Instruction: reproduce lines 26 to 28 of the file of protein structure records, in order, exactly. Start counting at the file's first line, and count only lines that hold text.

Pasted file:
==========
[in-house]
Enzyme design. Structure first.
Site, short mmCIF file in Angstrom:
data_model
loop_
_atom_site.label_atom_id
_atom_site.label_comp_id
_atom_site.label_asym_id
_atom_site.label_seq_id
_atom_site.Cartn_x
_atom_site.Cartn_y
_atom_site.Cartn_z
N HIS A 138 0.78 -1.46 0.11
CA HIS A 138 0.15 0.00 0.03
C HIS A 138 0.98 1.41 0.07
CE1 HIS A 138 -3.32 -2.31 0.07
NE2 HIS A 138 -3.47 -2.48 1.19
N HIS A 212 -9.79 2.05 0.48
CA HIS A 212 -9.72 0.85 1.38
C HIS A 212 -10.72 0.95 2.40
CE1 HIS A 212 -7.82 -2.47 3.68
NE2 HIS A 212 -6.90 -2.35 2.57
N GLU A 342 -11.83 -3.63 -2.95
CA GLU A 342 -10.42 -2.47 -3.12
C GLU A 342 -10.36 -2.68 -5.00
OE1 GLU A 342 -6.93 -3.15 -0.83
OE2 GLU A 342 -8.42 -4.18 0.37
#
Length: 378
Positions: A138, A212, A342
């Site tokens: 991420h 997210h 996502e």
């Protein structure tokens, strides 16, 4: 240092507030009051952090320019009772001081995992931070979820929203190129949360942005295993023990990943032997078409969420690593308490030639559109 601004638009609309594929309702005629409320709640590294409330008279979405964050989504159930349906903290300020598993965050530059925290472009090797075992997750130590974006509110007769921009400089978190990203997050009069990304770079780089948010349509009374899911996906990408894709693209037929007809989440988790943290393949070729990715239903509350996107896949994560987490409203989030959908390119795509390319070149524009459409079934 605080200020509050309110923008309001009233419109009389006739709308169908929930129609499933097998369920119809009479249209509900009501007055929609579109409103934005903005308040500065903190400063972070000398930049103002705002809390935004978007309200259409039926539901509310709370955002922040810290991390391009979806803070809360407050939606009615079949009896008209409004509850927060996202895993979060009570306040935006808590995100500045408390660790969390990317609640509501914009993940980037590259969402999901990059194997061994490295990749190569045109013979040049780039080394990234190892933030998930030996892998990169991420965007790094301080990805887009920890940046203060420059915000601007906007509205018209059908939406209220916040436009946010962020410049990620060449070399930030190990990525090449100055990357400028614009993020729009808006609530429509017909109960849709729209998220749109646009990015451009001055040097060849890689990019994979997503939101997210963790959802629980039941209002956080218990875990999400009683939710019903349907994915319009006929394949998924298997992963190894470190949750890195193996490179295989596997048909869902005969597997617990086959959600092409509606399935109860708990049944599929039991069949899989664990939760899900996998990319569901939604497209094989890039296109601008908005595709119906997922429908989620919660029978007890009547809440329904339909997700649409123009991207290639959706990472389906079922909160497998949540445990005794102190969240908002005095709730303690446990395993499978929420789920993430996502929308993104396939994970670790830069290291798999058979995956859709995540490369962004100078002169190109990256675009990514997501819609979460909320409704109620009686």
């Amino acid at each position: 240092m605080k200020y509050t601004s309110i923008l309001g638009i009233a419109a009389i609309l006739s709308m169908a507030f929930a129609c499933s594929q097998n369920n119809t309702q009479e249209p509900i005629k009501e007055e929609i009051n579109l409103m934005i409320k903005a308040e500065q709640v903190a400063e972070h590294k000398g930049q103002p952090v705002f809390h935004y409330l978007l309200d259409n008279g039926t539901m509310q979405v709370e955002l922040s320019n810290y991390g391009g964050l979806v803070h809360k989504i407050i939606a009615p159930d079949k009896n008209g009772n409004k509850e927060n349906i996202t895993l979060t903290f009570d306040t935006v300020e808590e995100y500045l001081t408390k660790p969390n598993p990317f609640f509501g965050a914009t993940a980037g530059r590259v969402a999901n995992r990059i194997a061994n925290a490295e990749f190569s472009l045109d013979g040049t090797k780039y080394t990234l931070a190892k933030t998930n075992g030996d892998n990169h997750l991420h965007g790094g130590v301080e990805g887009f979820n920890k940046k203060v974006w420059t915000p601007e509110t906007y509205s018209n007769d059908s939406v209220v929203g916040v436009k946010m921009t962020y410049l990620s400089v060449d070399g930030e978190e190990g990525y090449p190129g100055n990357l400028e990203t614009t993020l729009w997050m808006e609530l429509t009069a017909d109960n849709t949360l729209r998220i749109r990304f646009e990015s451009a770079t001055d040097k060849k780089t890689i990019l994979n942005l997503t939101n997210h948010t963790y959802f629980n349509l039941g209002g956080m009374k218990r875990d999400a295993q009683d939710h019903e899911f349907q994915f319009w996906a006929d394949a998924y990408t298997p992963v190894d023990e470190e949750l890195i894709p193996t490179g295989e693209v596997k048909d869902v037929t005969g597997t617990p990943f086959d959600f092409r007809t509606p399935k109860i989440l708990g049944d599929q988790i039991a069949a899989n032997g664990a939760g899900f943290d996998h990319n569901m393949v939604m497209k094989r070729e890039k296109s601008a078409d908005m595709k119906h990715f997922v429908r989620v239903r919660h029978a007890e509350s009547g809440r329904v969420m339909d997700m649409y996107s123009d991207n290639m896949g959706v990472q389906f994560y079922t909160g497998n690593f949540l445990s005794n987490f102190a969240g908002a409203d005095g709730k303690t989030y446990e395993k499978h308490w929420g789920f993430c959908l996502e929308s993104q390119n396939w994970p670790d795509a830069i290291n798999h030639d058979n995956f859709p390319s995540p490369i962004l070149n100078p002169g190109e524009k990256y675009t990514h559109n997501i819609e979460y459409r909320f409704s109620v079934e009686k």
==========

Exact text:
OE1 GLU A 342 -6.93 -3.15 -0.83
OE2 GLU A 342 -8.42 -4.18 0.37
#